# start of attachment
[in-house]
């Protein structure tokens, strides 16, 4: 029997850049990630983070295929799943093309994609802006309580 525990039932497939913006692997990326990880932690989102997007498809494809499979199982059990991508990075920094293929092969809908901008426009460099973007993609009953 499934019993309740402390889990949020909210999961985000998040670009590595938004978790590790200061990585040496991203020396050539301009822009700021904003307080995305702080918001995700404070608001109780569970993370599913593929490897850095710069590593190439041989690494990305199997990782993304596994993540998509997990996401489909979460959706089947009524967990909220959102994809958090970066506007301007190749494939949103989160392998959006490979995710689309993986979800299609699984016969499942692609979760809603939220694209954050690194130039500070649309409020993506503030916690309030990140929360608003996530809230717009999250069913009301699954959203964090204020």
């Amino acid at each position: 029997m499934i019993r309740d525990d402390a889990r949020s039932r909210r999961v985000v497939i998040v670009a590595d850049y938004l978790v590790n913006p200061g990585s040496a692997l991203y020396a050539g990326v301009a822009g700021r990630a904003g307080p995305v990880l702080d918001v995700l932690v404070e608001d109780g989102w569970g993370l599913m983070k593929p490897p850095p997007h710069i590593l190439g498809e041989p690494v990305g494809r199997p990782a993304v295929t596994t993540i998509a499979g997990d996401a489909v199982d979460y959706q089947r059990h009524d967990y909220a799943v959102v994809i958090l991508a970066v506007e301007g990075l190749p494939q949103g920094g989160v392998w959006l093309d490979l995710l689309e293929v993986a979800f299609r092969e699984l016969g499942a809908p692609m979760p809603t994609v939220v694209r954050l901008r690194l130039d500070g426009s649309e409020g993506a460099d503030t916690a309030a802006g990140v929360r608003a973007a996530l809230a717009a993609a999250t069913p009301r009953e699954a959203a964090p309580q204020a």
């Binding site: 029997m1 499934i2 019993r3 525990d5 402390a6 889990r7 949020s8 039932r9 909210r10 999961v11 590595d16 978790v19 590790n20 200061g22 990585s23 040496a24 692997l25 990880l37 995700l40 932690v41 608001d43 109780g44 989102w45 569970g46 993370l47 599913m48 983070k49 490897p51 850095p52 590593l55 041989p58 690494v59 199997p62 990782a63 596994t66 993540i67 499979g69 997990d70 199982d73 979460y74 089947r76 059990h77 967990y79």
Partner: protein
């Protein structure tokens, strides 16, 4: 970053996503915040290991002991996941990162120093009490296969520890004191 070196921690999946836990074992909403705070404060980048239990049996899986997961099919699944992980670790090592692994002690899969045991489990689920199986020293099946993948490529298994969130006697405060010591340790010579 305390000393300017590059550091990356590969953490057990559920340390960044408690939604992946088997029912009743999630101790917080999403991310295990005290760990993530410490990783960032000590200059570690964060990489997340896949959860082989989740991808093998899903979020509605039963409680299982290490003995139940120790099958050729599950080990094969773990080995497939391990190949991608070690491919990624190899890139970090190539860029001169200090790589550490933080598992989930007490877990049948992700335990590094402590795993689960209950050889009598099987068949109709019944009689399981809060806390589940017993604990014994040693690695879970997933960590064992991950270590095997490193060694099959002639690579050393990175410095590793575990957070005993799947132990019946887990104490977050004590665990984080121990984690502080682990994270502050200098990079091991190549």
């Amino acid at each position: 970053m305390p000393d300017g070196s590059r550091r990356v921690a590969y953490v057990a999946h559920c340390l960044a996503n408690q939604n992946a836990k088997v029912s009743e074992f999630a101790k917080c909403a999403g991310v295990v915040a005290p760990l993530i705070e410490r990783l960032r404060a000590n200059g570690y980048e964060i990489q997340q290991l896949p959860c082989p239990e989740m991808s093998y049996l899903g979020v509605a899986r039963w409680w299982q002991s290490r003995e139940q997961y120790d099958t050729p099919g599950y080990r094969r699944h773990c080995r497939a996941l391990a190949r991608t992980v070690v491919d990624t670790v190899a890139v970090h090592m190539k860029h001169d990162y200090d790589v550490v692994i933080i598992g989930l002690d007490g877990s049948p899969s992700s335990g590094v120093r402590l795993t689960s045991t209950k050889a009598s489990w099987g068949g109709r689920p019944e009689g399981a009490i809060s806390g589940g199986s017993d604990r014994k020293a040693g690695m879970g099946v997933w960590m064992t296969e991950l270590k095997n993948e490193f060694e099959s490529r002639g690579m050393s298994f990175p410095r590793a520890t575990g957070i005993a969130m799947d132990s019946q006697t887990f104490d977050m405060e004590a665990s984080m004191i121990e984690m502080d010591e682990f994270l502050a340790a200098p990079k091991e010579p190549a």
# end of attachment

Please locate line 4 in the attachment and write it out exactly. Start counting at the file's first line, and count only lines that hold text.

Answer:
């Binding site: 029997m1 499934i2 019993r3 525990d5 402390a6 889990r7 949020s8 039932r9 909210r10 999961v11 590595d16 978790v19 590790n20 200061g22 990585s23 040496a24 692997l25 990880l37 995700l40 932690v41 608001d43 109780g44 989102w45 569970g46 993370l47 599913m48 983070k49 490897p51 850095p52 590593l55 041989p58 690494v59 199997p62 990782a63 596994t66 993540i67 499979g69 997990d70 199982d73 979460y74 089947r76 059990h77 967990y79």